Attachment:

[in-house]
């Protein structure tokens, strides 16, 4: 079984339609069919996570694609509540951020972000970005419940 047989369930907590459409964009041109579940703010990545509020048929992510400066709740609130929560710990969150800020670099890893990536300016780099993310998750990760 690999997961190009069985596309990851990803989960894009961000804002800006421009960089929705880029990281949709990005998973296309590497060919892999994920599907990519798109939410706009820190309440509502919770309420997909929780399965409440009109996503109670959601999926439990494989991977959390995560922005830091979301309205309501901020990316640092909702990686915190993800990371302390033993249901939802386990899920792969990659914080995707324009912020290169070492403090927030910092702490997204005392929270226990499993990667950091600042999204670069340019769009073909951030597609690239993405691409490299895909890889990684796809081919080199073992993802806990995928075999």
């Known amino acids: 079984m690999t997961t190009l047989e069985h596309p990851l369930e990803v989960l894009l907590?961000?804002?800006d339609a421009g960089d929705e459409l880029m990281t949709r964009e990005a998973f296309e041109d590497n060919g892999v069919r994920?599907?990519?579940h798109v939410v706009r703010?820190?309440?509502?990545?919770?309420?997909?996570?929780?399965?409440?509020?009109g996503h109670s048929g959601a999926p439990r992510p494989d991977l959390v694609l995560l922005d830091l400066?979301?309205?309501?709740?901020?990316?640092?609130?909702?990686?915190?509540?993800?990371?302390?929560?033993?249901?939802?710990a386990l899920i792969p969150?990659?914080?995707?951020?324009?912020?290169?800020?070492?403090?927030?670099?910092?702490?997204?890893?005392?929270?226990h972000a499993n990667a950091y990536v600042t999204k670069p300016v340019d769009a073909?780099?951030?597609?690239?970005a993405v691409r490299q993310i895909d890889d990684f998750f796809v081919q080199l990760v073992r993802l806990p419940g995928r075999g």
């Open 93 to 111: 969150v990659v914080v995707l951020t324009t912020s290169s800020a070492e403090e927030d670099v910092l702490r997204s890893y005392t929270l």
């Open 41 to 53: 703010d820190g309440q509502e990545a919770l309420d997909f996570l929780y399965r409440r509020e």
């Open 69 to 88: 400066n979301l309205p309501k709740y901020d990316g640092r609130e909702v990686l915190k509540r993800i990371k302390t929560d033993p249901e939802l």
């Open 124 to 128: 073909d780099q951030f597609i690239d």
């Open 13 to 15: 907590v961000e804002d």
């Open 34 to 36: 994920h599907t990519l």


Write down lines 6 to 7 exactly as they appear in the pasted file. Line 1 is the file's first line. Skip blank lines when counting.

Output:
């Open 69 to 88: 400066n979301l309205p309501k709740y901020d990316g640092r609130e909702v990686l915190k509540r993800i990371k302390t929560d033993p249901e939802l």
């Open 124 to 128: 073909d780099q951030f597609i690239d």